Locals to compete at state fair

Published 7:47 am Wednesday, August 25, 2010

Gunnar Peters together with the duo of Bret Canny, center, and Dylan Kaercher will be competing in the talent contest at the Minnesota State Fair after advancing out of the talent contest of the Mower County Fair. --Eric Johnson/photodesk@austindailyherald.com

The four winners of the Mower County Fair talent competition will be competing at the Minnesota State Fair starting this Friday.

Each of the winners placed first in the talent show’s three categories. Shane Desilva won for the preteen division, Gunnar Peters won for the teen division and the duet of Dylan Kaercher and Brett Canny won for the open division. Desilva and Peters will perform on the Aug. 28 while Kaercher and Canny will perform on Sept. 1.

Peters, 17, won his division by performing “Live Like You Were Dying” by Tim McGraw. He has performed in the county talent show four times and received second place twice, including once when he was two years old.

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“I had entered several times, so it felt really great when I won,” Peters said.

He will be a senior at Austin High School this school year, where he participates in choir, band and the quiz competition Knowledgeable. He also participates in plays at Riverland Community College and the high school. He said he plans to attend Brigham Young University, where both is parents attended.

He said he was not nervous about performing at the state fair because he has more time to prepare for it than he had for the county fair.

The duet team of Kaercher and Canny won with their performance of “A Crazy Little Thing Called Love.” They were both talented musicians before they teamed up for the county fair.

Canny, 14, is returning to the state fair for his second year of performance. Last year, he won in the teen division of the county talent show as part of a piano duet with Andrew Wester. This year he performed on a guitar in the open division. He participated in the open division because county talent show participants are not allowed to compete in the same category they won the year prior.

He routinely performs at the Village Cooperative in Austin and the Charter House in Austin. He is in both the jazz and pop bands at the high school, as well as his own band, So Much For Sleep. He will be performing an additional performance for at the state fair on Aug. 29 for the 4-H musical performance competition.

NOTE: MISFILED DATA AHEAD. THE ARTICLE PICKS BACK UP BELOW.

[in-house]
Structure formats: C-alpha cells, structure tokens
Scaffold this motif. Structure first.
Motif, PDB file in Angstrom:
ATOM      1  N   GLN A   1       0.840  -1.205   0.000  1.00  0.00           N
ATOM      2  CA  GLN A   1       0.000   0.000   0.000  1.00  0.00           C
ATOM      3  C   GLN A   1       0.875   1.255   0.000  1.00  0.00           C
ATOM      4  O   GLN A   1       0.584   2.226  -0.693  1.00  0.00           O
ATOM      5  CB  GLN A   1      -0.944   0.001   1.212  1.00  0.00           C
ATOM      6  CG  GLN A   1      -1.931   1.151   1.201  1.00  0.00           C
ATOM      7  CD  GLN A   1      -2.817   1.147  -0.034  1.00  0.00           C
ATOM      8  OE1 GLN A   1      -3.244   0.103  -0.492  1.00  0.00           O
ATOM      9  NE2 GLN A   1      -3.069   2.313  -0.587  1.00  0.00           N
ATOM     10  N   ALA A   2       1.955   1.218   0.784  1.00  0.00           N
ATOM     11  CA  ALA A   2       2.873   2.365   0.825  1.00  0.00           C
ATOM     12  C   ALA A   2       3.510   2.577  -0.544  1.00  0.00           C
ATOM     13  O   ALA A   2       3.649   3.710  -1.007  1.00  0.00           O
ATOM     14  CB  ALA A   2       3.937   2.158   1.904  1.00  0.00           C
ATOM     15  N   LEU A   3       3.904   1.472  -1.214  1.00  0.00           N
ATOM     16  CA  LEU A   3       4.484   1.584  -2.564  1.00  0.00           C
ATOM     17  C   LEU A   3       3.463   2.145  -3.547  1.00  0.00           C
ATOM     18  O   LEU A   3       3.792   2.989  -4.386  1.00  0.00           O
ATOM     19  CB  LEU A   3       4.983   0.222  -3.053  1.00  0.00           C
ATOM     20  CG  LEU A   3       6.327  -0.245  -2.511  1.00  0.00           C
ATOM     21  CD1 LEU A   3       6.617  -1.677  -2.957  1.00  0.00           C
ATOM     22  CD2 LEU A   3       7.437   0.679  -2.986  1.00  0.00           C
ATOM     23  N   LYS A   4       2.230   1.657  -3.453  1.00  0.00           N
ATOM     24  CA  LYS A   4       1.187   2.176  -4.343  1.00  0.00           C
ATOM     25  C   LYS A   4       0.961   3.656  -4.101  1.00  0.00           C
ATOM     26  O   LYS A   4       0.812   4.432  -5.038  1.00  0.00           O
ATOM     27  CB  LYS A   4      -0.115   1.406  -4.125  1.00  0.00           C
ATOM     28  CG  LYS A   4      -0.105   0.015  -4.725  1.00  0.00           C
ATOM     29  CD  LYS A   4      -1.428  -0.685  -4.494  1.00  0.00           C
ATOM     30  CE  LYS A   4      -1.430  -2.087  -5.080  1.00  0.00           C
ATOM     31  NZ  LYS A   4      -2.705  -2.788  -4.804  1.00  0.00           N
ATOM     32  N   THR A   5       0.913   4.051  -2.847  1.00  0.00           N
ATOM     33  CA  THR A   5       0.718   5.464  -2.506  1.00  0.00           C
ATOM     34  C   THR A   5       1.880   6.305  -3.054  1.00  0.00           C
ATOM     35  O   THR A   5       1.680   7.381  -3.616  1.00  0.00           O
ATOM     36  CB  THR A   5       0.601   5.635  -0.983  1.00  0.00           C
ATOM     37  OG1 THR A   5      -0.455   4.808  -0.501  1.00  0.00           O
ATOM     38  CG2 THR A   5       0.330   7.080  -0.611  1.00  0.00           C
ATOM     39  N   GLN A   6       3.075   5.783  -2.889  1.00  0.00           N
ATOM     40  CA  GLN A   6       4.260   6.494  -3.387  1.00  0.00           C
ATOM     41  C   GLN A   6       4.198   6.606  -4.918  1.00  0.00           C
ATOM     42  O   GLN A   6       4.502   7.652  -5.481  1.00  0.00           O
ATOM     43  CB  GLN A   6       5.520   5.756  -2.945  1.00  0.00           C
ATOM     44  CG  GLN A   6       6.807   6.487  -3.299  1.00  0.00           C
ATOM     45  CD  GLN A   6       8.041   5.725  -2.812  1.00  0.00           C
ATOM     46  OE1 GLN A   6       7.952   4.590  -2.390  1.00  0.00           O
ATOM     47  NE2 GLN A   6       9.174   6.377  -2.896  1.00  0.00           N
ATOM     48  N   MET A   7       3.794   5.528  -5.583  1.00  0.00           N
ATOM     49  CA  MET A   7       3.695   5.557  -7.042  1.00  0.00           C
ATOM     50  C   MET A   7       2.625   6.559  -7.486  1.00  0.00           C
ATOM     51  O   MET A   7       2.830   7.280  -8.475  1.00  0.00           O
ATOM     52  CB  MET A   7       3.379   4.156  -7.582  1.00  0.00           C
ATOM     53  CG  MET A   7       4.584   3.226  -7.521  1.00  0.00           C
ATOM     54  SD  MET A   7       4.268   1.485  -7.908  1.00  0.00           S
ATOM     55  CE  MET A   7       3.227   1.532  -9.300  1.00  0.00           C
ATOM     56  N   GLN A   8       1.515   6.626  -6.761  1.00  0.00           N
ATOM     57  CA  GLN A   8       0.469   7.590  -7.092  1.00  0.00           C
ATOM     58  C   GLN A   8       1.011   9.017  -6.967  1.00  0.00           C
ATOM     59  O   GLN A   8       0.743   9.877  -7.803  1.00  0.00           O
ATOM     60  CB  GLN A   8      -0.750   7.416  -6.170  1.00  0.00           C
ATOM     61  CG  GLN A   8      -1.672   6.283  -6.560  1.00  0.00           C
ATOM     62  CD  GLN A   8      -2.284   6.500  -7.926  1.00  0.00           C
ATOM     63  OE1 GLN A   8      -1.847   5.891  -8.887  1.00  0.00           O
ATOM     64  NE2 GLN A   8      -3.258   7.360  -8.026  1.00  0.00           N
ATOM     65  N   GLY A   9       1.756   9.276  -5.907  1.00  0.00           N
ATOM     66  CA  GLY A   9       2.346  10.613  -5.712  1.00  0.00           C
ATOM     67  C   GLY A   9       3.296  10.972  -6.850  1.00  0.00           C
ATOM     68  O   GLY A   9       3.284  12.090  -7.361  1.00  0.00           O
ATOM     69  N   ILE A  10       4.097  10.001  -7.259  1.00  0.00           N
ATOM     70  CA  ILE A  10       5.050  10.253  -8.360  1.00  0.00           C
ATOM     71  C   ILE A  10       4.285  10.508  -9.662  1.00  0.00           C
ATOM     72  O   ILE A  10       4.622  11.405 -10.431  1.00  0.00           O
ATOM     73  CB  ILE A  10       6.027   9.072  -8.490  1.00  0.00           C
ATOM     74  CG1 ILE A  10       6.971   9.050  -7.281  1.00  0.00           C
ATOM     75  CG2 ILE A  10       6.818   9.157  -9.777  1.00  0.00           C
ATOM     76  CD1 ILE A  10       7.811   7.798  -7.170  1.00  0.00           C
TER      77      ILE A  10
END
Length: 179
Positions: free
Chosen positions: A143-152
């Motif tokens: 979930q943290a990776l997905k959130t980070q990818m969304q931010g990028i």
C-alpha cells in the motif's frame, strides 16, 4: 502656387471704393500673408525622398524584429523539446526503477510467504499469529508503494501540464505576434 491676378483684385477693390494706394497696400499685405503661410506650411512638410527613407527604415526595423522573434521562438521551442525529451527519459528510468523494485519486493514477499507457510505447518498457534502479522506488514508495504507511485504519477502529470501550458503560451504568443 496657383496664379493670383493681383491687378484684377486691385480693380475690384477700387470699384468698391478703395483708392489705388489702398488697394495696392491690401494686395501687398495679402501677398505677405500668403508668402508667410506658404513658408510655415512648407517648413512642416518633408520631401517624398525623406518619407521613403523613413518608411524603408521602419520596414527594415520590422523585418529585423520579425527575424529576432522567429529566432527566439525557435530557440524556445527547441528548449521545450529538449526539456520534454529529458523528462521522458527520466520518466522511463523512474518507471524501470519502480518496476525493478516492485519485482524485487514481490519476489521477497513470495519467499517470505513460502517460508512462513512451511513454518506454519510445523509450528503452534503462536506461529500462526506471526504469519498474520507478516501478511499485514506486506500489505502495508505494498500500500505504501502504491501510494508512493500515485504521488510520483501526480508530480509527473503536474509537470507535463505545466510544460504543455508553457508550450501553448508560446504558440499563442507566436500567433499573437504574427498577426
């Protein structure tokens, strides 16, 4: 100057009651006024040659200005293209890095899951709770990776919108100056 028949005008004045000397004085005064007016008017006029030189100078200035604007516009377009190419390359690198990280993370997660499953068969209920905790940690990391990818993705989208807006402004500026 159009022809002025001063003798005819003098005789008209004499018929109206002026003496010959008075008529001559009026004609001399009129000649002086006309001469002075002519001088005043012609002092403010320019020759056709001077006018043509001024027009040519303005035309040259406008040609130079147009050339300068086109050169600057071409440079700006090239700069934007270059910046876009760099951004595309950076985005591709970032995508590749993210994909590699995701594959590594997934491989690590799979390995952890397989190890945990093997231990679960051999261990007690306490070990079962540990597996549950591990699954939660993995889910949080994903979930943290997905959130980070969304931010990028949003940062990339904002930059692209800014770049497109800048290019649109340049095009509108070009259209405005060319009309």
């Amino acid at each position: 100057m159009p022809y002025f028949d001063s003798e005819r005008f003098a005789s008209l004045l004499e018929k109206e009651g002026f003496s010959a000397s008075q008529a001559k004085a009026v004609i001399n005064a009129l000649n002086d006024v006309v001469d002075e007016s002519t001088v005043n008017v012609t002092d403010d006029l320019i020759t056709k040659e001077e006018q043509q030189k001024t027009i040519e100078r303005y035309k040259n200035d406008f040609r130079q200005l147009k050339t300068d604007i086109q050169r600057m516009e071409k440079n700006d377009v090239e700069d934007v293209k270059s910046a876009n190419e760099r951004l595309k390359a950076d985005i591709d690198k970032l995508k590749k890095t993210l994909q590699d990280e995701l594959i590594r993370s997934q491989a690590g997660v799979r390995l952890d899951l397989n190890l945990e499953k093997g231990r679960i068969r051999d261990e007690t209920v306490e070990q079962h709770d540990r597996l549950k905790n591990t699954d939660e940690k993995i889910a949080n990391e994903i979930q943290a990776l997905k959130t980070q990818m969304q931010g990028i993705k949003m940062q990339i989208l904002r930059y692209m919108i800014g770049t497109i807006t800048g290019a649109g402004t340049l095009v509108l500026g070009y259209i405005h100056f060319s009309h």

His mother Tammy, who homeschools him, said he first learned to perform when she began teaching him piano at age five. She said he is always so eager to perform and that he never needs to be reminded to practice.

Canny said he used to be nervous performing in front people, but now he feels experienced enough to not worry. He said he wasn’t nervous about performing at the state fair, despite the larger crowd.

“I think it’s harder to play at the Austin fair then at the state fair. At the Austin fair, you know a lot of people there and want to impress them,” Canny said.

He said he is not only interested in a future in musical performance, but also one in musical recording.

Canny was introduced to Kaercher because both of their younger brothers played baseball together. They only practiced together a week before the performed at the talent show.

Kaercher, 17, is part of a large musical family. Both his parents are musical performers and his great grandfather is Ollie Hanson, who was notable for his many years winning the county fair fiddle contest. Kaercher first started his life with music when his received a violin from his grandfather at the age of two. He said  he has been a performer ever since.

He is also active in extracurricular activities such as performing in concert orchestra, concert choir and working as the president of the high school drama club. He has performed all positions in his role as president, including director and choreographer. He has worked with both the Riverland theater department and the high school drama department.

Kaercher also works his own singing telegram business as a side job. He started the business in 2008 and runs it entirely by himself. He said he usually receives jobs when people spread his service by word-of-mouth.

Kaercher said he was a little nervous to be performing at the state fair, but he feels his performance at the Owatonna county fair helped prepare him.

He said his abilities in music and theater to due to the people who taught him.

“I attribute a lot of my ability to Brian Johnson, Jerry Girton and Aaron Schoun,” Kaercher said.

Kaercher said he usually sings solo with a recorded track and that his work with Canny is his first time with an accompanist.

The duet’s success at the county fair has lined them up several new performances, including a performance at a nursing home in September and a New Year’s Eve performance at Canny’s church.

Desilva won by performing classical music while blindfolded. He named his performance Medley of the Blind Piano Man.

County Fair Talent Contest receives participants from county fairs throughout Minnesota. The county fairs send the winners of their amateur talent contests to the State Fair competition. Semifinals are held the first nine evenings of the State Fair on the Family Fair Stage in Baldwin Park. The first and second place finals winners in each division become finalists for the Sept. 5 talent competition on the Grandstand.